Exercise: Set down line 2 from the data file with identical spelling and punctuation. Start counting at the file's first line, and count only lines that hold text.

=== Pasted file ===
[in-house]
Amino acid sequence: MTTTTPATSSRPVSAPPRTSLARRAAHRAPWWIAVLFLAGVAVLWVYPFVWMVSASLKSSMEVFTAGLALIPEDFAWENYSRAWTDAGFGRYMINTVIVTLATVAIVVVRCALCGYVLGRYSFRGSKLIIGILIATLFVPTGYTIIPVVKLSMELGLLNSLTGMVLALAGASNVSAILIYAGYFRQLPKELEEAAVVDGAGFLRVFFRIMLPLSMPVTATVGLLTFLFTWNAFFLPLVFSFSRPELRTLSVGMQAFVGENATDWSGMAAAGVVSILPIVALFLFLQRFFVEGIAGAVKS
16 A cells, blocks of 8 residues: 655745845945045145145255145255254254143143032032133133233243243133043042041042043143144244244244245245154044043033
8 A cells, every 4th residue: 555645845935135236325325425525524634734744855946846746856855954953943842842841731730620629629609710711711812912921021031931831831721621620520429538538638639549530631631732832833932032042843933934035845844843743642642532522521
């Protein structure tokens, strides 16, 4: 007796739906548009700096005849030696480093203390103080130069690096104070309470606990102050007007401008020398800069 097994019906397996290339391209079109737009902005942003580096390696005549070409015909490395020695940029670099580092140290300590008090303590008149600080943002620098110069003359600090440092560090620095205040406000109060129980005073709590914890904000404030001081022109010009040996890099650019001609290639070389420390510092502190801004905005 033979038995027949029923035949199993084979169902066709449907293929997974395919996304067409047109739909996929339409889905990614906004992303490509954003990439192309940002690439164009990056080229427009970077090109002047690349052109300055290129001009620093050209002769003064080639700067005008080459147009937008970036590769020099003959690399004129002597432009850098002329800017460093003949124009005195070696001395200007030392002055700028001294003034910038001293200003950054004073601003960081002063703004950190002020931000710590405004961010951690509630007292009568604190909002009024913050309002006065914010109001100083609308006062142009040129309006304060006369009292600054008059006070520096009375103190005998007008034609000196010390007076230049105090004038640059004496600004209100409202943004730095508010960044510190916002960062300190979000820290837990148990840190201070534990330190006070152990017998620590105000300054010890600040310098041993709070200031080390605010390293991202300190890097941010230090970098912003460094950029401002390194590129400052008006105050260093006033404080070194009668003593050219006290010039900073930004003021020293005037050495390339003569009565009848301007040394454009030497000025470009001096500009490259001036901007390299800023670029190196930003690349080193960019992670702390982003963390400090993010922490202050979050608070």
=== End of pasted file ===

Amino acid sequence: MTTTTPATSSRPVSAPPRTSLARRAAHRAPWWIAVLFLAGVAVLWVYPFVWMVSASLKSSMEVFTAGLALIPEDFAWENYSRAWTDAGFGRYMINTVIVTLATVAIVVVRCALCGYVLGRYSFRGSKLIIGILIATLFVPTGYTIIPVVKLSMELGLLNSLTGMVLALAGASNVSAILIYAGYFRQLPKELEEAAVVDGAGFLRVFFRIMLPLSMPVTATVGLLTFLFTWNAFFLPLVFSFSRPELRTLSVGMQAFVGENATDWSGMAAAGVVSILPIVALFLFLQRFFVEGIAGAVKS